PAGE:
“Women and everyone else who feels gender oppressed will STRIKE and refuse to work,” the event page states.
Our common cause is the revolt against the oppression and denigration of people, regardless of their gender, sexual orientation, ethnicity or religion. Luljeta Aliu
According to Gusia, the organizers’ call for a strike is also directed towards raising awareness about unpaid labor in and outside of the home.
“Kosovo is on the map, we have joined the Global Women’s Strike. The idea of it is that on March 8 [people see] a day without women. A day in which women speak of the constant unpaid labor and fundamental work they do through striking,” said Gusia. “Most of the labour women do is unpaid. The small number of women who work will go back home after a working day to start a second shift — cleaning, cooking, childcare, emotional labor, the ‘invisible work’ they do.”
Gusia said there are many ways women can strike.
“Women [who strike] say, ‘no!’ in different ways to refuse the unaccounted for, unpaid and disparaged work they are expected to do all the time… Surely, some women cannot strike, we definitely don’t want to risk anyone’s job and cause trouble to them,” she said.
Iliriana Banjska, a spokesperson for Kosovo Women’s Network, said that the agenda of the collective also includes specific demands.
Ten key elements of reform shape the demands of the collective, including achieving 50 per cent representation of women in all private and public institutions, paid parental leave and safe and secure workplaces, amongst others.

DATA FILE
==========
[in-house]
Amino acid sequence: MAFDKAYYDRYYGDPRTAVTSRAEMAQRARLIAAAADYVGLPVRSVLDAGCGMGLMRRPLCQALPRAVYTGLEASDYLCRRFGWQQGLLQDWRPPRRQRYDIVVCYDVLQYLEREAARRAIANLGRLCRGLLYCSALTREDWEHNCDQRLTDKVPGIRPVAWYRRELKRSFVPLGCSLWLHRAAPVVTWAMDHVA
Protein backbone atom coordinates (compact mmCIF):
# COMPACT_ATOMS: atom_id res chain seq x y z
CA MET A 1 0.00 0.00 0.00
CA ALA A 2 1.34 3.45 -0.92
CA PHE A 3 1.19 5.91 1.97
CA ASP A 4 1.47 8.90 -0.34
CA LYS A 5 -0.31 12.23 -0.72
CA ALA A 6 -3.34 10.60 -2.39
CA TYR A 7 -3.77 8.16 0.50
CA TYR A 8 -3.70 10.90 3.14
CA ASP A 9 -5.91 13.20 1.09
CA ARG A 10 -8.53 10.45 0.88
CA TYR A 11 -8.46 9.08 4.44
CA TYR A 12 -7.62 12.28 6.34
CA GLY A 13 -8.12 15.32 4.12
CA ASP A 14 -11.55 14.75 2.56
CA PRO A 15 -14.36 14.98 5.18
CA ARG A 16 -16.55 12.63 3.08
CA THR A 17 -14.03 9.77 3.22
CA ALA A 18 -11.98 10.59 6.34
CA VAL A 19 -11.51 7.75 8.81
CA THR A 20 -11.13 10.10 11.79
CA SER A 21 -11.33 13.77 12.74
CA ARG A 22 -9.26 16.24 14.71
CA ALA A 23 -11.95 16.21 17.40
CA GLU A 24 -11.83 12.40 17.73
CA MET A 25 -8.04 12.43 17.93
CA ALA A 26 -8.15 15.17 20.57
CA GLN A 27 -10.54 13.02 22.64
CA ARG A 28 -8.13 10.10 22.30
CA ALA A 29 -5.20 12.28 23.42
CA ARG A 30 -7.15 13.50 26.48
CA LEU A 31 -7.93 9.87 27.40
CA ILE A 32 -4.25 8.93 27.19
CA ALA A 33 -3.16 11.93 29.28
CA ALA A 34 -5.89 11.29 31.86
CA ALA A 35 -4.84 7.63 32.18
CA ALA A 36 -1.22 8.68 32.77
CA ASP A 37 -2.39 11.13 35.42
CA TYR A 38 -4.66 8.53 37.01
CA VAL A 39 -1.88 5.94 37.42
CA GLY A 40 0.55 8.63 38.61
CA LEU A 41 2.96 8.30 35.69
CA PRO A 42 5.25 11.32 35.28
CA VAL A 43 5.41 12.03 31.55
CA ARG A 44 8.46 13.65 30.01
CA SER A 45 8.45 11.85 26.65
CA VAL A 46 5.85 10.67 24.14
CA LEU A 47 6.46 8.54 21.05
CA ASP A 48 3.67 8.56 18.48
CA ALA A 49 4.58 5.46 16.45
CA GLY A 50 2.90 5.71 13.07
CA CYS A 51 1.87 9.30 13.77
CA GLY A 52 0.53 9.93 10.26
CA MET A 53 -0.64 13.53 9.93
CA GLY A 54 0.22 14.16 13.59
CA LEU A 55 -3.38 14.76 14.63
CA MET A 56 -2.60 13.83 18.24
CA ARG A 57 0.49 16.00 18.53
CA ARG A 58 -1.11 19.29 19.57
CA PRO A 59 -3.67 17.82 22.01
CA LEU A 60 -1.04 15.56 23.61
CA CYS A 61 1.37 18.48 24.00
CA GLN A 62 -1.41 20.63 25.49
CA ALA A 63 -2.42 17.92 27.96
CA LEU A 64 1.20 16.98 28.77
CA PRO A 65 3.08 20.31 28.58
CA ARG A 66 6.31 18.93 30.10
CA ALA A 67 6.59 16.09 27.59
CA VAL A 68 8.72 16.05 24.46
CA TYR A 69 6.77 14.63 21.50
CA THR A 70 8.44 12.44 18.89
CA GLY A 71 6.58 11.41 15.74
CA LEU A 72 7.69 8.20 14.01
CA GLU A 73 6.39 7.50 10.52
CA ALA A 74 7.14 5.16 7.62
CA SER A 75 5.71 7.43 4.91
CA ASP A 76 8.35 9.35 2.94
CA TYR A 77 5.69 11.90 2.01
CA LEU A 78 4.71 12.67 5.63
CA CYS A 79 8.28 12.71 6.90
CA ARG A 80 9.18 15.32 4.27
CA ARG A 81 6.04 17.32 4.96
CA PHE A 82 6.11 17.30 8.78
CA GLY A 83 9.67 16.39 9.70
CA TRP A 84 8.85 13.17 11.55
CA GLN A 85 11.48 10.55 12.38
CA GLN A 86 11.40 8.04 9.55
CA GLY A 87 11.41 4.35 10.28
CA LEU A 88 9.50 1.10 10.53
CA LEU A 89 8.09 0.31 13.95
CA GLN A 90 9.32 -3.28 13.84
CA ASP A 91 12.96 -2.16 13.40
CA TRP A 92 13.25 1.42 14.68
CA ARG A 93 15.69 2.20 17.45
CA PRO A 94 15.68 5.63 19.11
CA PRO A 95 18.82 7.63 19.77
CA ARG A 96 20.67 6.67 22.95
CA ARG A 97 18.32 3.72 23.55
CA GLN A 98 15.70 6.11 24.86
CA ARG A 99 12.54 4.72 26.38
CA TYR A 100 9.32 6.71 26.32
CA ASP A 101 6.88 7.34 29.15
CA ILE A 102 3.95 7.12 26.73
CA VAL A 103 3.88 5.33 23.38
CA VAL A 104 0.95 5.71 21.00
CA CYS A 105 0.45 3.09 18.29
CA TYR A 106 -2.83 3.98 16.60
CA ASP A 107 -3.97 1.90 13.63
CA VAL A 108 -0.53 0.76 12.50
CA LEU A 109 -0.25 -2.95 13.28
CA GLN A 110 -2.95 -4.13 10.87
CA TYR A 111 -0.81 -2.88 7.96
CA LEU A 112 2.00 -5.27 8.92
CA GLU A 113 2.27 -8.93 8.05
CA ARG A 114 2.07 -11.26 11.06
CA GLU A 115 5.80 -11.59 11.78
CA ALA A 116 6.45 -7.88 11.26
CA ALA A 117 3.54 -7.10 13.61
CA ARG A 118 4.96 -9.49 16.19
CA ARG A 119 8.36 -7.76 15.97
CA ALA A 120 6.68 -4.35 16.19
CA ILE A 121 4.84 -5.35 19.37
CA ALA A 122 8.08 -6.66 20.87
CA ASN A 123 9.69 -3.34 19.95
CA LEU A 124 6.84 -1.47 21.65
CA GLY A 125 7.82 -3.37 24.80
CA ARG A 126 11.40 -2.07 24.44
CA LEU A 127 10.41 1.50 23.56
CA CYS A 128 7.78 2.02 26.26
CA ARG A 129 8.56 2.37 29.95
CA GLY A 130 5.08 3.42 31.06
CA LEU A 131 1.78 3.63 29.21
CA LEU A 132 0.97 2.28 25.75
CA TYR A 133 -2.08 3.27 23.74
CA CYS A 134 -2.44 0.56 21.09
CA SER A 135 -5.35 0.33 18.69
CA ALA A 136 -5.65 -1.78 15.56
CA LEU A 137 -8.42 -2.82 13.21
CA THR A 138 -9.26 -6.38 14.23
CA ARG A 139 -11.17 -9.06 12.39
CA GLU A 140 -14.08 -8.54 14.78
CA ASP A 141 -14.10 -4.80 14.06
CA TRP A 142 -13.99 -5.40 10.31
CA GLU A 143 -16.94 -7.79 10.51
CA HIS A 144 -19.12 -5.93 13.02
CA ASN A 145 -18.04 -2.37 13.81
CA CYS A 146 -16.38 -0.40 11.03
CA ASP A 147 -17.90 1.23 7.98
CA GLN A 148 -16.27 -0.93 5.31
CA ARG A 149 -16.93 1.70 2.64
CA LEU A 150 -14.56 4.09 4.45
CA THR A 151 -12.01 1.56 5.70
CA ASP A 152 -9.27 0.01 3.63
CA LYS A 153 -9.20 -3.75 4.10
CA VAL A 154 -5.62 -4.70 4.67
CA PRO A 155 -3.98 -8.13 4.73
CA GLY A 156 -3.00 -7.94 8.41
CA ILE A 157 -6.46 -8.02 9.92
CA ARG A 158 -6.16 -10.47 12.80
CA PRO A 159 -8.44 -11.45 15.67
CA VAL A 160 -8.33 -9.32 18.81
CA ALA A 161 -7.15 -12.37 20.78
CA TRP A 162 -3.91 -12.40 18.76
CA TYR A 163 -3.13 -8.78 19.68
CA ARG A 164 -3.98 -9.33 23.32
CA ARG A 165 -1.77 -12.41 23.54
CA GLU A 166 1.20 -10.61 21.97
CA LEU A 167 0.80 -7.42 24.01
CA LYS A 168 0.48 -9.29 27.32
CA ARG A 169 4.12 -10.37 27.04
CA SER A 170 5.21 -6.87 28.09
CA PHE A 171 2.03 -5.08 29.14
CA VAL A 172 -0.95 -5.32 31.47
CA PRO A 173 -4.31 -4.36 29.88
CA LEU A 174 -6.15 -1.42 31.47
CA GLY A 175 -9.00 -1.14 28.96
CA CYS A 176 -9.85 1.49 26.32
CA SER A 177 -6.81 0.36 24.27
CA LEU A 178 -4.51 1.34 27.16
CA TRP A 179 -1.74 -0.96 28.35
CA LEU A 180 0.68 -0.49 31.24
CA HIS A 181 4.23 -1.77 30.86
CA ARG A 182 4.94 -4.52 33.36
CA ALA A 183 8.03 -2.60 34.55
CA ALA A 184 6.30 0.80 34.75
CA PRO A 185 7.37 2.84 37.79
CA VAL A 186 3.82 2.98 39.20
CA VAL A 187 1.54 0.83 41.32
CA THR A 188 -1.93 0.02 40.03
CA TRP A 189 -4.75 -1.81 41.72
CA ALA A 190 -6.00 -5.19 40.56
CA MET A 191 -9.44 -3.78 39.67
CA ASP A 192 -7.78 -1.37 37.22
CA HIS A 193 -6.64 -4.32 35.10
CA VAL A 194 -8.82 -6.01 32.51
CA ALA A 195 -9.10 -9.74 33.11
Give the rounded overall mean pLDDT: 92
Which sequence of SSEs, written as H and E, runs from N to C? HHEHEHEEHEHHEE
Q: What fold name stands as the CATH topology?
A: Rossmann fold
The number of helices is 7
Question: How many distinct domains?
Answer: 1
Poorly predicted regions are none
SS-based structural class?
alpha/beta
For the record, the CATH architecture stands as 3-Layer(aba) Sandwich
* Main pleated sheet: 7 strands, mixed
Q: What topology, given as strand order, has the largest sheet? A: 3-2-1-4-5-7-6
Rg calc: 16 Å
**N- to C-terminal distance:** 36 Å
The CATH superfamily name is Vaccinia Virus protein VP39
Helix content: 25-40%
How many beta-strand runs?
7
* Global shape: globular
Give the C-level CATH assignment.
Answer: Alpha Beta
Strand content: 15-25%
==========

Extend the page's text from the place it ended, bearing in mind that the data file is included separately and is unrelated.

Prishtina was not be the only city in Kosovo to rally for women’s rights and against poverty on Thursday — Ferizaj, Prizren and Malisheva also hosted marches.
“The collective has grown,” Banjska said.
Gusia claimed that there has been a positive shift in support for women’s rights and the movement that Marshojme S’festojme represents.
“Women’s activism and feminism in Kosovo is becoming massive. In my conversations with students, I’ve seen a more just approach and a better understanding [of feminism and women’s activism],” Gusia said. “However, this pressure came from the international community. I think a shift should come from the citizens of Kosovo. I think citizens are sufficiently conscious to create their own pressure groups,” she added.
March 8 was officially recognised by the United Nations General Assembly in 1977, proclaiming it as a day of women’s rights and international peace. This year, the theme for the day is ‘Time is now: rural and urban activists transforming women’s lives.’
The theme aims to echo the international movements that the world witnessed throughout 2017, beginning with the Women’s Marches of January 2017 advocating for legal and policy reform concerning women’s rights, and persisting in the form of the #MeToo and #TimesUp movements protesting sexual harassment and assault.
The theme also prioritizes the representation of the vast majority of women working in rural and underdeveloped areas who lack the freedom and opportunity to participate in collective movements for advancing women’s empowerment.